She held onto me tightly.

'You gave an old woman a little moment of joy,' she said.
 'Thank you.'

I squeezed her hand, and then walked into the dim morning light.

Behind me, a door shut. It was the sound of the closing of a life.

I didn't pick up any more passengers that shift.
I drove aimlessly lost in thought.

For the rest of that day, I could hardly talk.

What if that woman had gotten an angry driver,
or one who was impatient to end his shift?
What if I had refused to take the run,
or had honked once, then driven away?
On a quick review,

I don't think that I have done anything more important in my life.

We're conditioned to think that our lives revolve around great moments.
But great moments often catch us unaware-beautifully wrapped in what others may consider a small one.


Life may not be the party we hoped for, but while we are here we might as well dance.

23 February, 2009

You Too Are Lucky.....

I had received similar mail earlier, but could not keep a record of it. Today, I received it again from Shilendra Benjamin, and he had aptly titled it "A good story to start the day". Here it goes.........

A blind boy sat on the steps of a building with a hat by his feet.
He held up a sign which said:
'I am blind, please help'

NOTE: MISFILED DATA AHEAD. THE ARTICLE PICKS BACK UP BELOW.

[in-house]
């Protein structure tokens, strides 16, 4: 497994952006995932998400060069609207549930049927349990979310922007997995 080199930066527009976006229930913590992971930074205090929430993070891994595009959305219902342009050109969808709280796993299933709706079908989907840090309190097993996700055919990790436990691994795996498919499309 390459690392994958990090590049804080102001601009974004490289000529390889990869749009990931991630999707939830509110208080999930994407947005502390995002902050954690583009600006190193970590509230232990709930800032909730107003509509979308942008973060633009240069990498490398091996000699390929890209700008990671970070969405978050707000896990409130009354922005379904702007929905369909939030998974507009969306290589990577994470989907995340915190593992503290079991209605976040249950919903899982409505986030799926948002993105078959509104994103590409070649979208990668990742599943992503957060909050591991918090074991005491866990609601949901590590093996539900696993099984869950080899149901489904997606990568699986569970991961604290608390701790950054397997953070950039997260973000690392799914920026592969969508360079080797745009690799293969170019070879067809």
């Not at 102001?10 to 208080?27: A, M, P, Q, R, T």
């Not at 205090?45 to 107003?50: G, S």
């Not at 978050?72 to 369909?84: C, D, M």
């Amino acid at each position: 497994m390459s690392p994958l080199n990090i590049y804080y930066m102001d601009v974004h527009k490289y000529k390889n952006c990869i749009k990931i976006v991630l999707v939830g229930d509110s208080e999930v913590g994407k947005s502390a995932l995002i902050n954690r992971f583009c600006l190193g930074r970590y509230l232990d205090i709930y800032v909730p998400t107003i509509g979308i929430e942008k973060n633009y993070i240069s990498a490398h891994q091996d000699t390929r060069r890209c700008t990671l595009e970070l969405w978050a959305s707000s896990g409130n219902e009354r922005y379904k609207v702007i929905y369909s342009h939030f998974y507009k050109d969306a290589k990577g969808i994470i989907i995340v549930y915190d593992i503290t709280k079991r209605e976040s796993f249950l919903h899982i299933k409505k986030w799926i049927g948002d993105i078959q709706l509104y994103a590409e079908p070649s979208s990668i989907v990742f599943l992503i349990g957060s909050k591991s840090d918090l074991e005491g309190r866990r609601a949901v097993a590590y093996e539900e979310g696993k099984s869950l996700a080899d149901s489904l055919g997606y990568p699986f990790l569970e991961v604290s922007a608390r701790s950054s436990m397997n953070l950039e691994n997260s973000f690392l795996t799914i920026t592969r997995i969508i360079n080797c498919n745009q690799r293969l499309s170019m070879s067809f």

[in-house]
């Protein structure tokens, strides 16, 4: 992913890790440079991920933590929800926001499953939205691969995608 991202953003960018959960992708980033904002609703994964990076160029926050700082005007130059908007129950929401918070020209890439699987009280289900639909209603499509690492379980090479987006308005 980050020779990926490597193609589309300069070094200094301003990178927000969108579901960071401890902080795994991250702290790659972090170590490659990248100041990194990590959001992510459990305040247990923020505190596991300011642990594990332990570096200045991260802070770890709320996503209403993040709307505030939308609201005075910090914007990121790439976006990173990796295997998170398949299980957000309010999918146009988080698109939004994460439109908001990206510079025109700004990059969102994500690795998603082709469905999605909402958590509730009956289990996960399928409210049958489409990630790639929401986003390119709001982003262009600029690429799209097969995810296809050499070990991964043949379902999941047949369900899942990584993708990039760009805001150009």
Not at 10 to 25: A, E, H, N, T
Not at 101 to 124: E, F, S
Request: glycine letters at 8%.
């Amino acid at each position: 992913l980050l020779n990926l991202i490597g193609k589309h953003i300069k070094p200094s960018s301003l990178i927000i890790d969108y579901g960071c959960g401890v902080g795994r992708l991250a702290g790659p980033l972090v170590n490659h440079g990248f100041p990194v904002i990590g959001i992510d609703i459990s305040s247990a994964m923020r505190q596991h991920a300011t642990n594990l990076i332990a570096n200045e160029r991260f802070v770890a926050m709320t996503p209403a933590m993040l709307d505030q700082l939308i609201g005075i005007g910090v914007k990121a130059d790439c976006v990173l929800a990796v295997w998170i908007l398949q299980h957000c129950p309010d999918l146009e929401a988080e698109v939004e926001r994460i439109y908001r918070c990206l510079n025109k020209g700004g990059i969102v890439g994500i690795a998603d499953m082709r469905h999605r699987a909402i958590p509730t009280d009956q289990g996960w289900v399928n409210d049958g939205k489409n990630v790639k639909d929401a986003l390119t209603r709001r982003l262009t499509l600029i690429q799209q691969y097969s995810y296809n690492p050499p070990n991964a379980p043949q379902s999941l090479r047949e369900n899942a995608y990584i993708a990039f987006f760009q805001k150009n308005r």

There were only a few coins in the hat.

A man was walking by.
He took a few coins from his pocket and dropped them into the hat.
He then took the sign, turned it around, and wrote some words.
He put the sign back so that everyone who walked by 
would see the new words.

Soon the hat began to fill up.
A lot more people were now giving money to the blind boy.

That afternoon the man who had changed the sign came to see how things were.
The boy recognized his footsteps and asked, 'Were you the one 
who changed my sign this morning?
What did you write?'

The man said, 'I only wrote the truth.
I said what you said but in a different way.

'What he had written was:
'Today is a beautiful day and I cannot see it'

Do you think the first sign and the second sign were saying the same thing?
Of course both signs told people the boy was blind.
But the first sign simply said the boy was blind.
The second sign told people they were so lucky that they were not blind.